There is a yellow sticky note with text: “Nebowa Jr. NAD Chapter: We did team building activities where Jr. NAD members had to go through an obstacle blindfolded and with strings tied around his/her wrists and ankles. The opposite member had to guide the person from the starting line to the finish line. We also did this without the strings. This taught us how to trust someone by giving direct cues by tapping on his/her shoulder.”

A photo is on the right of students playing the obstacle course. 

Another yellow sticky note is on the bottom right side of the page with text: “James Madison High School: We volunteered at the Deaf Festival 2020 and joined with Deaf Community Services to Volunteer for the greater San Diego Community.” There is a group photo on the left and a photo of Jr. NAD members in Zoom on the bottom of the page. 

Page 10: 

The page is pink. There is a light green sticky pad with text: “Rhode Island School for the Deaf: The RISD students collected together to make a difference for the RISD campus on Earth Day. The campus looked beautiful after a teamwork effort by RISD Jr.NAD students.” There is an Earth Day flyer on the left of the sticky note.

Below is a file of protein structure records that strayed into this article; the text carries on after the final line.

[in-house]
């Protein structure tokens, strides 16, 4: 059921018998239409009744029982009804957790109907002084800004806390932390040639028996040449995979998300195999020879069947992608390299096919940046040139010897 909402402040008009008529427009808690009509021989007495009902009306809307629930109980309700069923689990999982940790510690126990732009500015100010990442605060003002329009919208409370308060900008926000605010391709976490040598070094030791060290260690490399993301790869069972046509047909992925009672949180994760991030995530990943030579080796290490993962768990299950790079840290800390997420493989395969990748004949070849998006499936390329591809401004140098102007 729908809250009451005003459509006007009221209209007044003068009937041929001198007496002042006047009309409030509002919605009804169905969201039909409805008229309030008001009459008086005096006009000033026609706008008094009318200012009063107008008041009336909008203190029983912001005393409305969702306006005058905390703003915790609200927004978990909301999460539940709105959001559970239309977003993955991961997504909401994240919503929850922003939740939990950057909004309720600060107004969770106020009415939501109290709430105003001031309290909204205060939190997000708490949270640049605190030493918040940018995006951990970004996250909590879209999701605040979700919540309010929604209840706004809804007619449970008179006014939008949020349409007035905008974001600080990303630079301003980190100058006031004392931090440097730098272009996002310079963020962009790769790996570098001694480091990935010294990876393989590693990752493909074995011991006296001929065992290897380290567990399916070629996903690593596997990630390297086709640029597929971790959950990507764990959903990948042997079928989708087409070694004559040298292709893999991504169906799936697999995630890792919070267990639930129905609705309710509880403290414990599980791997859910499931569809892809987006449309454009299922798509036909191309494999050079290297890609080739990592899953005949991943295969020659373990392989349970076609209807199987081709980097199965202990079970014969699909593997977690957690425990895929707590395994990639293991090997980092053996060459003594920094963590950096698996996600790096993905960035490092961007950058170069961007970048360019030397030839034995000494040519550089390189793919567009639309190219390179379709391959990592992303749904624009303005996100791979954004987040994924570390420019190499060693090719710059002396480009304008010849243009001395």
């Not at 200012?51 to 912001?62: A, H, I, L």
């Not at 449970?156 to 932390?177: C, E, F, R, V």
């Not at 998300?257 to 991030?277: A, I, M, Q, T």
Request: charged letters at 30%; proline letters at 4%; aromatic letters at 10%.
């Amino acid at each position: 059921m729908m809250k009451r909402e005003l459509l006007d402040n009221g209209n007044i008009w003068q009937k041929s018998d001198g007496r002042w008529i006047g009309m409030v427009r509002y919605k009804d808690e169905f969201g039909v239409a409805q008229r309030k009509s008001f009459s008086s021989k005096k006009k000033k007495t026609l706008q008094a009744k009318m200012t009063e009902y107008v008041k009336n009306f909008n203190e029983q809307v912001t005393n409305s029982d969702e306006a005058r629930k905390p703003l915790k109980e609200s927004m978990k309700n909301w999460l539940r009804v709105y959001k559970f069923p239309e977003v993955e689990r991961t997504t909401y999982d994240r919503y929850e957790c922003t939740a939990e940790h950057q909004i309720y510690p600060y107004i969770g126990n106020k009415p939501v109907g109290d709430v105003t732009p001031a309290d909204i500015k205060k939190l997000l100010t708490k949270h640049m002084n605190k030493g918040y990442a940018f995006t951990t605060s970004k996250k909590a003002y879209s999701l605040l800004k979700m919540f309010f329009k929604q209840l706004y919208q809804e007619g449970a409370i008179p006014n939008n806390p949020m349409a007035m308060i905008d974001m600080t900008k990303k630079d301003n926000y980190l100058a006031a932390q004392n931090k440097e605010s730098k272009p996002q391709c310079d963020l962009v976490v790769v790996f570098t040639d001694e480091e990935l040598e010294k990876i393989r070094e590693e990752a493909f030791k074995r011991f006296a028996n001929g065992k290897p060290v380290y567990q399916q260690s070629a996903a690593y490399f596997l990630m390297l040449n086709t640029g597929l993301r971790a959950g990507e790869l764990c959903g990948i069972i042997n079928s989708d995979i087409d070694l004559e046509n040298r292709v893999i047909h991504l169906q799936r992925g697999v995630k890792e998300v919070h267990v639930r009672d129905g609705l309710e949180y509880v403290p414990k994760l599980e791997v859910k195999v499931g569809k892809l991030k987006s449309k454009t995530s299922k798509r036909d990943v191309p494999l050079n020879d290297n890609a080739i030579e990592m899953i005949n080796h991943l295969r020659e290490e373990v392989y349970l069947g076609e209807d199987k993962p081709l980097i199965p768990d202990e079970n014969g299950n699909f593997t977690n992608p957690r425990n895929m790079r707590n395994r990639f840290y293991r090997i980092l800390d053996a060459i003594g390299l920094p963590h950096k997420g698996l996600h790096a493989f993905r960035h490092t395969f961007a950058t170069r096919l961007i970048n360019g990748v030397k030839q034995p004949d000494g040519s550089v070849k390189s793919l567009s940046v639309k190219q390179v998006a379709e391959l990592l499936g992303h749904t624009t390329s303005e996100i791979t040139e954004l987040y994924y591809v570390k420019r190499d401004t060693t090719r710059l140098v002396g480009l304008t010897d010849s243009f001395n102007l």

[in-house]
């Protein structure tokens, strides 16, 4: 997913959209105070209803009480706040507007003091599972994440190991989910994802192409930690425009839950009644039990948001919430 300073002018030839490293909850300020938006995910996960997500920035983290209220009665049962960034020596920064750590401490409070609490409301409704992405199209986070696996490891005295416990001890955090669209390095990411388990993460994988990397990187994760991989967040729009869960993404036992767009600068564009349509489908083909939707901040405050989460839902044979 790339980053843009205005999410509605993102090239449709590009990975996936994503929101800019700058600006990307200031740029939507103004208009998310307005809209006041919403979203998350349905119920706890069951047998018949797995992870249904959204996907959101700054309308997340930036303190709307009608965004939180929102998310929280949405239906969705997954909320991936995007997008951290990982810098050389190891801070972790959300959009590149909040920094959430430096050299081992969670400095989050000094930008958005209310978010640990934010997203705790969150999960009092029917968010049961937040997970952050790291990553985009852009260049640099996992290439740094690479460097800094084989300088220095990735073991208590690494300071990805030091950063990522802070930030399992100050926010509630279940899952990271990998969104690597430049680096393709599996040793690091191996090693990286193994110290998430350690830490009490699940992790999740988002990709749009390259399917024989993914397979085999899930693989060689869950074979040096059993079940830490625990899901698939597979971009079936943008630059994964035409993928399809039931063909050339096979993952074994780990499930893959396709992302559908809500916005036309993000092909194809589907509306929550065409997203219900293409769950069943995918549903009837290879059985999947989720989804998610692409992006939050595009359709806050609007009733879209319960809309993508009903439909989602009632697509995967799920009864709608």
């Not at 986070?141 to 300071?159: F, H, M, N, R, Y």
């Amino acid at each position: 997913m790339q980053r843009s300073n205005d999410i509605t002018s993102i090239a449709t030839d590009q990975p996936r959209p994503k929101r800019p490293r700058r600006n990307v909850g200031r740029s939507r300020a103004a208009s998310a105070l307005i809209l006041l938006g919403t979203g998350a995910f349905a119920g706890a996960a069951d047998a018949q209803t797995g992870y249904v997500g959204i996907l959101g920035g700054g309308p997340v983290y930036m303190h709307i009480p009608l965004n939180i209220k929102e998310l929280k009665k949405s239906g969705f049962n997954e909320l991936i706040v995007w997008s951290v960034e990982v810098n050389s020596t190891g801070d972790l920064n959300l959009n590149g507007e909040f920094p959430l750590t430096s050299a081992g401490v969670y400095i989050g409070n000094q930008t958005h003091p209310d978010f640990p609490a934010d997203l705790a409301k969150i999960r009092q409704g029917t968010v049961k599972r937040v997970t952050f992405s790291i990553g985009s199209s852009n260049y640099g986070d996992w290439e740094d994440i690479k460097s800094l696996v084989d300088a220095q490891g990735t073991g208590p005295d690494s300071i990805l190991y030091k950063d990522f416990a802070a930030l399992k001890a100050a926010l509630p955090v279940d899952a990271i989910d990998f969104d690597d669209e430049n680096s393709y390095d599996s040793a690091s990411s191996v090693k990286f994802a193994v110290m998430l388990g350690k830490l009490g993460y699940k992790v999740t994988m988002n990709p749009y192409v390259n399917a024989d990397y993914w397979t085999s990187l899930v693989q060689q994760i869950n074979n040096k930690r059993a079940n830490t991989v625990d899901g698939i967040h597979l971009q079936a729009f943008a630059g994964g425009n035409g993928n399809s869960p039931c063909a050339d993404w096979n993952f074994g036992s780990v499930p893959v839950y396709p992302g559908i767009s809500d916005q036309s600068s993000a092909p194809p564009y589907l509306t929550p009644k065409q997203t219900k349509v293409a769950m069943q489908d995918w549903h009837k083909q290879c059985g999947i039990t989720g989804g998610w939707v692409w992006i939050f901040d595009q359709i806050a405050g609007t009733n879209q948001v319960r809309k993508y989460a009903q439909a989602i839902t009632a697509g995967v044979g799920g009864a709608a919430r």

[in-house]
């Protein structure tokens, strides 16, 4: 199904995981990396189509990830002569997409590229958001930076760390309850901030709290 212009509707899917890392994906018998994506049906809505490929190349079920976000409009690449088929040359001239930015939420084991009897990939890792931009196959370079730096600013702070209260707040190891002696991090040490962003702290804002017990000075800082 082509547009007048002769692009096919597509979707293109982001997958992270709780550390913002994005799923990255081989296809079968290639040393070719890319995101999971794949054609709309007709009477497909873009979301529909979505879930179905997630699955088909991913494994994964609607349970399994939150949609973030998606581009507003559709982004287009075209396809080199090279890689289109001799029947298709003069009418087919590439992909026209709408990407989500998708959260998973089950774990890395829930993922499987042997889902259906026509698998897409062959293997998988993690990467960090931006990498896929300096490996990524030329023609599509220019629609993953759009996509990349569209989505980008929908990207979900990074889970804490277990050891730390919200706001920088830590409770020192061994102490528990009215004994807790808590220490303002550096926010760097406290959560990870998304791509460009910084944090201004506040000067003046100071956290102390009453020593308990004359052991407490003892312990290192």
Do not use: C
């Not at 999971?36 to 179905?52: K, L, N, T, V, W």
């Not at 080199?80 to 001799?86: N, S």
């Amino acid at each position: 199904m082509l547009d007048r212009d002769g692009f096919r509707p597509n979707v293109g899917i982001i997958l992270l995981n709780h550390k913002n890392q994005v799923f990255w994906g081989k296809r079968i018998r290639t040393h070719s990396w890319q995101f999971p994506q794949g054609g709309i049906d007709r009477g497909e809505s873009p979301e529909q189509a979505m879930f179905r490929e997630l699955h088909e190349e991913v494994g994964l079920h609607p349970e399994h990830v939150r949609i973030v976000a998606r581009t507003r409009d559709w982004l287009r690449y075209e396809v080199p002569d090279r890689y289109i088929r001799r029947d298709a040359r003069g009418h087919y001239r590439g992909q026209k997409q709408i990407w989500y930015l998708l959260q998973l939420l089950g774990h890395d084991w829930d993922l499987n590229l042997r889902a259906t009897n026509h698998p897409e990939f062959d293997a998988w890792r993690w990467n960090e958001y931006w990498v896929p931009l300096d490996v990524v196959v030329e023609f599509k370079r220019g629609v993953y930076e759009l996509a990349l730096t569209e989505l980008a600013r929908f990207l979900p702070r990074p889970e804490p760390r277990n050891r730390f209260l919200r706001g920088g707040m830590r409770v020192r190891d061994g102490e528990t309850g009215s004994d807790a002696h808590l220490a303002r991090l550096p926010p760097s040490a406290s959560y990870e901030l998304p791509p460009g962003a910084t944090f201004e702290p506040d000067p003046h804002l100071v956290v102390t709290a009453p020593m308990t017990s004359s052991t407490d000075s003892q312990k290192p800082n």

Second sticky note is on the bottom left with text: “Maryland School for the Deaf: ‘We have worked so hard to make this event happen and it was successful! Everyone loved it. It was very inspiring to see all young deaf students with great leadership skills on Zoom working together. I am looking forward to the future Jr. NAD Across America Zoom events.’ – Hanna Johnston-Shaw  ‘The event was fantastic! It was great to see so many students from different schools participating. I’m looking forward to more hangouts.’ – Alona Zfati.”

Page 11: 

There is a sticky one on top of the page, with text: “Texas School for the Deaf: Texas School for the Deaf’s Jr. NAD chapter hosted the Keeper of the Flame of the Future award ceremony on March 25th. Promoting the Tomorrow of the Deaf by Working with the Deaf Youth of Today is our charge! The award ceremony was to recognize and celebrate our leaders for their meritorious contributions and for empowering the deaf youth of America to measure up to capacity in school, college, workplace, career, and the multigenerational world. Dr. Frank Turk gave an inspiring presentation before the students went into break-out rooms to socialize with the assigned presenters. Afterward, the students had the chance to share what they learned and present the awards to the leaders.” There are two photos: a group photo in Zoom and a close up photo of Frank Turk.